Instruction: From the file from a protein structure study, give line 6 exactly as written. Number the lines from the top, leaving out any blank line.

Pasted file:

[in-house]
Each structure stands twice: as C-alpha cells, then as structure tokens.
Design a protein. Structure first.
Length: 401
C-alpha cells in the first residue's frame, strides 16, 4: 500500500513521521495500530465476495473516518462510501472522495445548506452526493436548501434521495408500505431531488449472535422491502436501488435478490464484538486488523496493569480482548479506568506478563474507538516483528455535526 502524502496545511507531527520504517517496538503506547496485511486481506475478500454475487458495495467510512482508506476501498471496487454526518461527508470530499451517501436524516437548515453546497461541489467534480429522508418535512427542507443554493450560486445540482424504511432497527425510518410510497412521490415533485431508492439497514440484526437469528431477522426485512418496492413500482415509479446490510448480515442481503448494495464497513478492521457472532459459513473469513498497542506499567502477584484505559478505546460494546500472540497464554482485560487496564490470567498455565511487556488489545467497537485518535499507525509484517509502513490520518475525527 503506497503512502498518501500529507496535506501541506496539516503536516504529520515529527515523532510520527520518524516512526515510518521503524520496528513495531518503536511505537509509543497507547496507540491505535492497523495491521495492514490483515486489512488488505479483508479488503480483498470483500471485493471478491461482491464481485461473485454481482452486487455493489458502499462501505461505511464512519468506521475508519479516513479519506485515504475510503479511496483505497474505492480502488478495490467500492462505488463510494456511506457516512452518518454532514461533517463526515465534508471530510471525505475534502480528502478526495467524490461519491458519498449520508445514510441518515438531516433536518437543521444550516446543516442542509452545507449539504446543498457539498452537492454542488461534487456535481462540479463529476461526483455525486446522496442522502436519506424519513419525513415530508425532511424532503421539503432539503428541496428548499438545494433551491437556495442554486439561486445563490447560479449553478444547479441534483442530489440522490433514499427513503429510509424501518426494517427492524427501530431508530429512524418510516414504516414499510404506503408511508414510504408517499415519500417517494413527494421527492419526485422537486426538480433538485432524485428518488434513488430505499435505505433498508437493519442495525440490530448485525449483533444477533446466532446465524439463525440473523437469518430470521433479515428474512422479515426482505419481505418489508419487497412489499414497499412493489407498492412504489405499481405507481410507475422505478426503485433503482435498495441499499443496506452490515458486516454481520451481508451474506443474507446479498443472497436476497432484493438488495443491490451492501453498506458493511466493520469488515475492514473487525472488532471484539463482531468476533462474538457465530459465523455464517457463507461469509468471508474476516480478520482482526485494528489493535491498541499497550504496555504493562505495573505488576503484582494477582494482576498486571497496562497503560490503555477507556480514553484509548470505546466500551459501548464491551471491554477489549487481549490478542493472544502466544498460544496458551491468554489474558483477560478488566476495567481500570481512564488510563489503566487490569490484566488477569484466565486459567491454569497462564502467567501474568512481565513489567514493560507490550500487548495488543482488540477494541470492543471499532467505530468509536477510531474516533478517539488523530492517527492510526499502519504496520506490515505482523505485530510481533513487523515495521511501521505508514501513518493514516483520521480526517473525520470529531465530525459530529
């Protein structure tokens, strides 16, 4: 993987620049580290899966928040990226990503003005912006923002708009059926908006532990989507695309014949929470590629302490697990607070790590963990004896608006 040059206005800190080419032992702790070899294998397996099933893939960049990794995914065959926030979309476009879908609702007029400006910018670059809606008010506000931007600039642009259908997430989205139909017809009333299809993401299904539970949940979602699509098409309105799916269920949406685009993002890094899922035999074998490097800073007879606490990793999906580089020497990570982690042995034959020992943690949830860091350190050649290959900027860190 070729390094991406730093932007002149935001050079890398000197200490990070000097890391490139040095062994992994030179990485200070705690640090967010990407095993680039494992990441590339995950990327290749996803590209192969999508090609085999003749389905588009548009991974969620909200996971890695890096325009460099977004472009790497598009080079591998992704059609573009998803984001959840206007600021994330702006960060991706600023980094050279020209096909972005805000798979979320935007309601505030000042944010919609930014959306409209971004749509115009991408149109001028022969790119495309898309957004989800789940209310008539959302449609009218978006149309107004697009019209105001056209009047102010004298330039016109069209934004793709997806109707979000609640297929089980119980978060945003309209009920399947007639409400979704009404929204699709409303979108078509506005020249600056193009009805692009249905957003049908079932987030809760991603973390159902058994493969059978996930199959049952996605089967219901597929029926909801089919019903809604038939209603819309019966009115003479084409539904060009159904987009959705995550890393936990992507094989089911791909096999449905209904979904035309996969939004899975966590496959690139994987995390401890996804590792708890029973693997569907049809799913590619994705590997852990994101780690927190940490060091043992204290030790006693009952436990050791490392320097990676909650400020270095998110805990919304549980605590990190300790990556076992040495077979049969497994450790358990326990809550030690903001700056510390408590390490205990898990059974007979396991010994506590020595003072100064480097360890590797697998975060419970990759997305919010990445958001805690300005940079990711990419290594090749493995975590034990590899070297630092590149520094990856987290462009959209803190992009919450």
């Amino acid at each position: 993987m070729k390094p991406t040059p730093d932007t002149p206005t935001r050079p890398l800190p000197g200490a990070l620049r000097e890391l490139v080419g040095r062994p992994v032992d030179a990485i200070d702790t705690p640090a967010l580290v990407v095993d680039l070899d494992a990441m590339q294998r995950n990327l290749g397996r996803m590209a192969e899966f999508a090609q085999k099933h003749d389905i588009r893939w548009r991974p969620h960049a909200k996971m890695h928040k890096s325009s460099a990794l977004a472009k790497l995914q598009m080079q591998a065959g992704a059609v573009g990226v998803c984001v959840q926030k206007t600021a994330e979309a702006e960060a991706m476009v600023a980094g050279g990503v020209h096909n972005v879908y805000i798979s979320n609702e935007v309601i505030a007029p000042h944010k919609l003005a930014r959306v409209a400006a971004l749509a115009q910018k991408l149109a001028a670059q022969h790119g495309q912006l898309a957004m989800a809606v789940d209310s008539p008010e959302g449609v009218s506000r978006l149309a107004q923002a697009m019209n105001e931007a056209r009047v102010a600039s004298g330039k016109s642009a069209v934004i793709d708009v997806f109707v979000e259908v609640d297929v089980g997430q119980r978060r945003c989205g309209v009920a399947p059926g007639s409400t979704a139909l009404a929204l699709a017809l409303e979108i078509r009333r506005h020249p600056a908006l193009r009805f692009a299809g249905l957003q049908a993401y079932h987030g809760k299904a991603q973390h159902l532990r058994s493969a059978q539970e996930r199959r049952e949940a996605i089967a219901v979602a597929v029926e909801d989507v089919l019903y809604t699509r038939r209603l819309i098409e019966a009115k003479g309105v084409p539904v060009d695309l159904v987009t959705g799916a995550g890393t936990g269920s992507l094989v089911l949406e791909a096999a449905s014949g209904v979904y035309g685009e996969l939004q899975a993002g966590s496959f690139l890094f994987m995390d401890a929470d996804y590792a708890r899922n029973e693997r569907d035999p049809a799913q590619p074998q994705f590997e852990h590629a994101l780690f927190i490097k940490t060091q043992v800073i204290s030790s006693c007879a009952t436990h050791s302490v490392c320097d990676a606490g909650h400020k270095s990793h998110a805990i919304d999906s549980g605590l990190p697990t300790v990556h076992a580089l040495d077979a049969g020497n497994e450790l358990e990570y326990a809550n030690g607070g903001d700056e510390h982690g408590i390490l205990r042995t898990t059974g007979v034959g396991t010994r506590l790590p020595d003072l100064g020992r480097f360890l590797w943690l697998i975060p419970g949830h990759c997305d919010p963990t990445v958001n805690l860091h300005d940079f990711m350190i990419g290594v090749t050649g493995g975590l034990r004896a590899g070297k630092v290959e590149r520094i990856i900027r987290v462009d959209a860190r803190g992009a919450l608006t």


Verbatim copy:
């Protein structure tokens, strides 16, 4: 993987620049580290899966928040990226990503003005912006923002708009059926908006532990989507695309014949929470590629302490697990607070790590963990004896608006 040059206005800190080419032992702790070899294998397996099933893939960049990794995914065959926030979309476009879908609702007029400006910018670059809606008010506000931007600039642009259908997430989205139909017809009333299809993401299904539970949940979602699509098409309105799916269920949406685009993002890094899922035999074998490097800073007879606490990793999906580089020497990570982690042995034959020992943690949830860091350190050649290959900027860190 070729390094991406730093932007002149935001050079890398000197200490990070000097890391490139040095062994992994030179990485200070705690640090967010990407095993680039494992990441590339995950990327290749996803590209192969999508090609085999003749389905588009548009991974969620909200996971890695890096325009460099977004472009790497598009080079591998992704059609573009998803984001959840206007600021994330702006960060991706600023980094050279020209096909972005805000798979979320935007309601505030000042944010919609930014959306409209971004749509115009991408149109001028022969790119495309898309957004989800789940209310008539959302449609009218978006149309107004697009019209105001056209009047102010004298330039016109069209934004793709997806109707979000609640297929089980119980978060945003309209009920399947007639409400979704009404929204699709409303979108078509506005020249600056193009009805692009249905957003049908079932987030809760991603973390159902058994493969059978996930199959049952996605089967219901597929029926909801089919019903809604038939209603819309019966009115003479084409539904060009159904987009959705995550890393936990992507094989089911791909096999449905209904979904035309996969939004899975966590496959690139994987995390401890996804590792708890029973693997569907049809799913590619994705590997852990994101780690927190940490060091043992204290030790006693009952436990050791490392320097990676909650400020270095998110805990919304549980605590990190300790990556076992040495077979049969497994450790358990326990809550030690903001700056510390408590390490205990898990059974007979396991010994506590020595003072100064480097360890590797697998975060419970990759997305919010990445958001805690300005940079990711990419290594090749493995975590034990590899070297630092590149520094990856987290462009959209803190992009919450």